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Is there a built-in cmd command/utility on Windows that can shred files (delete and overwrite with random data) without the need to use third party software? In linux i would use shred. It a wonderful tool that not only deletes files, but also destroys any "residue" left on the disk by overwriting the data.

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I've never heard of anything "built in" to Windows. A major problem is that if you attempt to overwrite the file the file system may allocate the "overwritten" version in different space from the original, leaving the original untouched. So it takes some significant low-level understanding of the specific system and its configuration. (And this is doubly true if the "disk" is a SSD.) –  Daniel R Hicks Sep 6 '12 at 21:00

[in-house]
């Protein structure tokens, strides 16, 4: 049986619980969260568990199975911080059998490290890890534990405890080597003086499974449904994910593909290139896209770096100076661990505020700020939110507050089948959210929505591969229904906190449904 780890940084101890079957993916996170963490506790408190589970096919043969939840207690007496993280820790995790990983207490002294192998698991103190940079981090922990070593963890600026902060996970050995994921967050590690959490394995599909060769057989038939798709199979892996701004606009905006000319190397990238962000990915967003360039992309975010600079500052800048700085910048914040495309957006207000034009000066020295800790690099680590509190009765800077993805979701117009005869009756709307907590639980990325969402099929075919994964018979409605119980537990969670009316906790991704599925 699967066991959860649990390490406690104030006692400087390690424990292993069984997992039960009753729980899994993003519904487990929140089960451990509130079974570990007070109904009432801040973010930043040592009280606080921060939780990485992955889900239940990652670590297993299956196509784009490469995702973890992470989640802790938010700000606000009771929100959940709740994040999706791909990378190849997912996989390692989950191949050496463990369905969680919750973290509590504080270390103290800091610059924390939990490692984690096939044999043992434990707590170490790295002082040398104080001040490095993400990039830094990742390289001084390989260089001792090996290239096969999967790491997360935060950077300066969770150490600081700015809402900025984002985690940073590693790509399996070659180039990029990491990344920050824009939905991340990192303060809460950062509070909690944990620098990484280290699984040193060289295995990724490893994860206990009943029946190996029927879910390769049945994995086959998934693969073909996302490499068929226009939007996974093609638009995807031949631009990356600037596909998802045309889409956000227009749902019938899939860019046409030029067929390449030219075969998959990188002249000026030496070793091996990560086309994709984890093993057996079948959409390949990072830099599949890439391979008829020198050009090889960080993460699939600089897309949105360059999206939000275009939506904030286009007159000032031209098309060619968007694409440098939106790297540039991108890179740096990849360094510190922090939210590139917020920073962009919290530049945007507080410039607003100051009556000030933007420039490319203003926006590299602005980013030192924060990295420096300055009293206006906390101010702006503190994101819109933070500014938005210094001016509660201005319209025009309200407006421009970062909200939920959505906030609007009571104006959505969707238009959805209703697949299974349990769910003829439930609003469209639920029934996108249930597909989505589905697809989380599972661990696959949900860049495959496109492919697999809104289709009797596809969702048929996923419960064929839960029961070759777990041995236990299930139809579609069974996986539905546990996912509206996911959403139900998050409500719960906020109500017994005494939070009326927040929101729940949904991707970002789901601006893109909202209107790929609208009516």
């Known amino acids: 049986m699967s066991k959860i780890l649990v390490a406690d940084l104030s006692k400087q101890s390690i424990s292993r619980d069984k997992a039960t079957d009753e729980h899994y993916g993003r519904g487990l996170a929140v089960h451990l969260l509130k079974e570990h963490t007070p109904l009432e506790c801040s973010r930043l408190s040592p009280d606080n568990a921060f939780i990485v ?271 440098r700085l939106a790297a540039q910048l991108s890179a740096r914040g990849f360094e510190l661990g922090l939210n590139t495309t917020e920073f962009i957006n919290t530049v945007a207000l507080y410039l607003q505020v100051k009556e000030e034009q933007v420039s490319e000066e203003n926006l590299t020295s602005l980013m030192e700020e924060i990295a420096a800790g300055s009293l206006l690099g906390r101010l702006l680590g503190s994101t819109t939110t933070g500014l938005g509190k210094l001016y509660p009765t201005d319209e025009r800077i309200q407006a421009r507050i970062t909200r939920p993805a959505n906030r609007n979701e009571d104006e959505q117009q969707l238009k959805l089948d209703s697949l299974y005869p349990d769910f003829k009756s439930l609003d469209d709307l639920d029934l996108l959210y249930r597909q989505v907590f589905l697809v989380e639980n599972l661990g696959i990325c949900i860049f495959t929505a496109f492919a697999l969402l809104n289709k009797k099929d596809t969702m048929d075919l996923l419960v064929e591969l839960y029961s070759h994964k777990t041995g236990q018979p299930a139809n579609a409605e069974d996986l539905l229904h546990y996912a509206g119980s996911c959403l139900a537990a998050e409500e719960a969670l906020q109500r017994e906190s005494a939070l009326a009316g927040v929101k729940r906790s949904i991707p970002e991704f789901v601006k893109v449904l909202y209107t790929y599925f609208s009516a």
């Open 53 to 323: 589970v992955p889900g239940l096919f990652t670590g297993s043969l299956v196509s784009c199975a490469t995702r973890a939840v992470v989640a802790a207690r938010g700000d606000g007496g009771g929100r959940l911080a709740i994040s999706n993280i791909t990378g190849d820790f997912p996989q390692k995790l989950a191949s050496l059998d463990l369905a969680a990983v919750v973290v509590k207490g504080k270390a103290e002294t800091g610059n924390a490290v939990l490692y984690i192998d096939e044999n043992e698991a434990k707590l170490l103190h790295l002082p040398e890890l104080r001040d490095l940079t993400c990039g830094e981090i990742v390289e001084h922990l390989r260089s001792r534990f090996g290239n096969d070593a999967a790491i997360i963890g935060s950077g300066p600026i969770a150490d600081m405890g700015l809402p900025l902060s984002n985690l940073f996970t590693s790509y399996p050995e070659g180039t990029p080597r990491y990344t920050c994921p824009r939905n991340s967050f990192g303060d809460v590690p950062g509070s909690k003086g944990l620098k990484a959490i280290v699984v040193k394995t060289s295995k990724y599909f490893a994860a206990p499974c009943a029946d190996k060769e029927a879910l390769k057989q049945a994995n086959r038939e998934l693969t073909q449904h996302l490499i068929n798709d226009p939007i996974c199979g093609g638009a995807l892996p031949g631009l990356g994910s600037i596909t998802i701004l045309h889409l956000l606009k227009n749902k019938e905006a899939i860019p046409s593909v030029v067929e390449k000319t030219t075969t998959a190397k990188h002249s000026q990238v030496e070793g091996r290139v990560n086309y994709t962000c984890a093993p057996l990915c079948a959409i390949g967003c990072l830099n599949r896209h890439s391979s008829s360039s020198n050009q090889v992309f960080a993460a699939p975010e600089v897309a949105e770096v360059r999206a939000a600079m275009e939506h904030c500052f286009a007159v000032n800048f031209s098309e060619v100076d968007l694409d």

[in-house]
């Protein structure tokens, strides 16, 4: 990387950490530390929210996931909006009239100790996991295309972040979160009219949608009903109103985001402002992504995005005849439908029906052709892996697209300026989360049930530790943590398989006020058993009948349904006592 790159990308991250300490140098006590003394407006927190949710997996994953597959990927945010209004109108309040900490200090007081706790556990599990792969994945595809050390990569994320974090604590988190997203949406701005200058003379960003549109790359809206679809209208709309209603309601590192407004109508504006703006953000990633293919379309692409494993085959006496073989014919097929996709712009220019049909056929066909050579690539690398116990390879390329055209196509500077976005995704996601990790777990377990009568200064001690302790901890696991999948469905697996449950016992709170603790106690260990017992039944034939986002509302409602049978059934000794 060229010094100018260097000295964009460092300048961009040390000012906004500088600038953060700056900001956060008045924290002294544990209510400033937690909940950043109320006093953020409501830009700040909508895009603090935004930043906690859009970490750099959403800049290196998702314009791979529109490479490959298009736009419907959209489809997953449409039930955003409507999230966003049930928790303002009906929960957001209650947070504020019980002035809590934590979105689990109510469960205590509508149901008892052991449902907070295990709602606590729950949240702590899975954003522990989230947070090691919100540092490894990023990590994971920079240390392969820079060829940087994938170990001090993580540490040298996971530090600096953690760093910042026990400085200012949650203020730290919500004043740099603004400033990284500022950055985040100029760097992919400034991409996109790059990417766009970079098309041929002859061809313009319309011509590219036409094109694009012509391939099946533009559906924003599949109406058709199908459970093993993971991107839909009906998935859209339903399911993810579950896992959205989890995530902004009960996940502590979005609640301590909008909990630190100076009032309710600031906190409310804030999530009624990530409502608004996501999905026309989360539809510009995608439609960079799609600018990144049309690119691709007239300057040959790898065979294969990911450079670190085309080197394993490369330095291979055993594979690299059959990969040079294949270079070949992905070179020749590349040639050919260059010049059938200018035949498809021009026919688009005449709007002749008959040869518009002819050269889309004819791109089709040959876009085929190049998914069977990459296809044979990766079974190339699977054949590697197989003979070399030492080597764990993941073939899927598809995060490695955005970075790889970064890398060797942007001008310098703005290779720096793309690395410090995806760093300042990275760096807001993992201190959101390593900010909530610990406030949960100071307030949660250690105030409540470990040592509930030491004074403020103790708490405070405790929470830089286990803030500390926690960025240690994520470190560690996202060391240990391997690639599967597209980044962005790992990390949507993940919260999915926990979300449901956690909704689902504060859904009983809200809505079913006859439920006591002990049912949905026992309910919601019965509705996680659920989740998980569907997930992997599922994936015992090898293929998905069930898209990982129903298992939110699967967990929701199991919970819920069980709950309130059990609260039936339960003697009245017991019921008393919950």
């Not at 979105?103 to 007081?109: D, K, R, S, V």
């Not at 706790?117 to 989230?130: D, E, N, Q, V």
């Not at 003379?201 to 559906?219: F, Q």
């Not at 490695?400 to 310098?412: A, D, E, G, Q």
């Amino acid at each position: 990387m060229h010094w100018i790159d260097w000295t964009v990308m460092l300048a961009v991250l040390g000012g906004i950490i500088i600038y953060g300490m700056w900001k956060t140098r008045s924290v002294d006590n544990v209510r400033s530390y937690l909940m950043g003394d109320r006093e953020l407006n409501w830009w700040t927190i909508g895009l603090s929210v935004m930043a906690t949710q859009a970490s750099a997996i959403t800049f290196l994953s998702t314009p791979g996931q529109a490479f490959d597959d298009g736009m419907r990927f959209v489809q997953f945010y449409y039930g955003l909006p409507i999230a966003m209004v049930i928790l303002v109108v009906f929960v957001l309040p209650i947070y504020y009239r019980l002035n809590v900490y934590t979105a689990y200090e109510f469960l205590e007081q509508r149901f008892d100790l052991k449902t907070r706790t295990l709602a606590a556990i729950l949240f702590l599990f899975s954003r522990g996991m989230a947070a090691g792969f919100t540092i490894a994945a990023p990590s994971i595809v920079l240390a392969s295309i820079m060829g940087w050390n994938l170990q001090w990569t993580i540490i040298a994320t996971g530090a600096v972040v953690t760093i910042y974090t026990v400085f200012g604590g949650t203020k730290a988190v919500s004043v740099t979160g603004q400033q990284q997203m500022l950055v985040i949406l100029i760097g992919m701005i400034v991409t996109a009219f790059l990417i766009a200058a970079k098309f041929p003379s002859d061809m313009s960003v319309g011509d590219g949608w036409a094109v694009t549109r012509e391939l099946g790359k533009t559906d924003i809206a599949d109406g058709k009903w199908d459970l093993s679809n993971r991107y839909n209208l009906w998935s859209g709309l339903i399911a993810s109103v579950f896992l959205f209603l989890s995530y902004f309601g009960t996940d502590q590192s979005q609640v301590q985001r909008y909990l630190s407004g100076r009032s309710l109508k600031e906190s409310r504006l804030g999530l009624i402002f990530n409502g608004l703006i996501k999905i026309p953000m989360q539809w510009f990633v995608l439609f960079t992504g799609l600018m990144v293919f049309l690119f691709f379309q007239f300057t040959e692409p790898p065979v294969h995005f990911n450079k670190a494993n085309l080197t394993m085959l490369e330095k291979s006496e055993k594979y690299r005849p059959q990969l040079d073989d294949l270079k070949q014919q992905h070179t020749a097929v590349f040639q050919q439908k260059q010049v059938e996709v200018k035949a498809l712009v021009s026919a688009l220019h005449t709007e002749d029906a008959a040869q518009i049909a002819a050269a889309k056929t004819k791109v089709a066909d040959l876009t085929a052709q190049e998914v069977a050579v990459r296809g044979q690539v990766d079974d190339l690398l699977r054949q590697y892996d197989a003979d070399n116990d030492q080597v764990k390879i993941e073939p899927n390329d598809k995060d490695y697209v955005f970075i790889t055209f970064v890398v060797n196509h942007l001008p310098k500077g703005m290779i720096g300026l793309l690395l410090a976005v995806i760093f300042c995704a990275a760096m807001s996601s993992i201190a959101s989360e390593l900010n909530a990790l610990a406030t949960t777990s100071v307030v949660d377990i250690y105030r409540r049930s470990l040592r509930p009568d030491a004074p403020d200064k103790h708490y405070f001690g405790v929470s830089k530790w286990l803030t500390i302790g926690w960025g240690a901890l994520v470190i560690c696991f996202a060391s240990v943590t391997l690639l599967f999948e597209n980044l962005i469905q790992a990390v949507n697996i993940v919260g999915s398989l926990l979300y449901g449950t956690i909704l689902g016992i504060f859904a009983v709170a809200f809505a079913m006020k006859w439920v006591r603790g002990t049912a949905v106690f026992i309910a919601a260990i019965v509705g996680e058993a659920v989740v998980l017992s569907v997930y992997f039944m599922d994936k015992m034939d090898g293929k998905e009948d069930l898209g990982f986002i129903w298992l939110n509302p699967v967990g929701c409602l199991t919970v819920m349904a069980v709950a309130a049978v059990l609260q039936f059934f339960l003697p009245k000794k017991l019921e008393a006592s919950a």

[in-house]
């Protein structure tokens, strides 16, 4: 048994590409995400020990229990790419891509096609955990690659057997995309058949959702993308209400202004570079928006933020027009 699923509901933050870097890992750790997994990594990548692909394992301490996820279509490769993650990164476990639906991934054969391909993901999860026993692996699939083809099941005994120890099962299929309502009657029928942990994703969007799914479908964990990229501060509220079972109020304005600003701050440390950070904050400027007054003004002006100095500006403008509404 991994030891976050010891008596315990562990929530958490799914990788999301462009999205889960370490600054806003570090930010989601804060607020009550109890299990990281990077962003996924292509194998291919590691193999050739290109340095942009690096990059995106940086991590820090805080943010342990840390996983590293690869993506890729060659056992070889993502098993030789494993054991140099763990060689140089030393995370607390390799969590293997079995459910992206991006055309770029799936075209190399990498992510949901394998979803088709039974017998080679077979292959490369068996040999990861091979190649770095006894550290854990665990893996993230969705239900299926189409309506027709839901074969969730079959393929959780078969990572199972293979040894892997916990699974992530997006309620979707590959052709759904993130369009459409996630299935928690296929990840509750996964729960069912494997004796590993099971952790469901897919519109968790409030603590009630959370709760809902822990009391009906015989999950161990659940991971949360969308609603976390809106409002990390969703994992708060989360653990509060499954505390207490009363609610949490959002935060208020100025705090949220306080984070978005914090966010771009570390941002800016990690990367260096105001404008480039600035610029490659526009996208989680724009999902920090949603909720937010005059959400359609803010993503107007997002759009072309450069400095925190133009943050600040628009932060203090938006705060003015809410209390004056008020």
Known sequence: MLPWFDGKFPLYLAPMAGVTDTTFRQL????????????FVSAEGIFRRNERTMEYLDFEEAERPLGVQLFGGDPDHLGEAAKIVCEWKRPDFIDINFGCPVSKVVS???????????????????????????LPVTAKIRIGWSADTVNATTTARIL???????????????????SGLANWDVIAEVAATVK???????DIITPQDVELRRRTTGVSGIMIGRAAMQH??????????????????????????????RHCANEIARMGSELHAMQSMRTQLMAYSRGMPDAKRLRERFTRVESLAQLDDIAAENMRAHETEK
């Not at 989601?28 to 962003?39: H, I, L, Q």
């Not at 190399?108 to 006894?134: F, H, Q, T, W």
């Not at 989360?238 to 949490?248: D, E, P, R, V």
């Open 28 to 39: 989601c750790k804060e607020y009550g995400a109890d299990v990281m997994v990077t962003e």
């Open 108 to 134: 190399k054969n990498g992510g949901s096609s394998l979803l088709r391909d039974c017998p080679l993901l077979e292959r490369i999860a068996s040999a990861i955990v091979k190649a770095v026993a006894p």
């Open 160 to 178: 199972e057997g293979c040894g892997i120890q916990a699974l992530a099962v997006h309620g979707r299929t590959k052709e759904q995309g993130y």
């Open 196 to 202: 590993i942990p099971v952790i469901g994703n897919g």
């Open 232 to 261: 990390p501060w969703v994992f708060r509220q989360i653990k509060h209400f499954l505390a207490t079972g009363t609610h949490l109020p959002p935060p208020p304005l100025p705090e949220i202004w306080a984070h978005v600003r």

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Microsoft offers an addon program (sdelete) that runs from the command line....technet.microsoft.com/en-us/magazine/dd334519.aspx –  Moab Sep 6 '12 at 21:09
    
Sdelete can be scripted also...forum.sysinternals.com/topic6065.html –  Moab Sep 6 '12 at 21:11
    
@Moab That program, according to the cover page, overwrites free space -- not quite the same thing. –  Daniel R Hicks Sep 6 '12 at 21:11
    
@DanH its more powerful than that...brighthub.com/computing/smb-security/articles/46693.aspx –  Moab Sep 6 '12 at 21:13
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4 Answers 4

up vote 2 down vote accepted

Probably not. Unless they added one in Win 8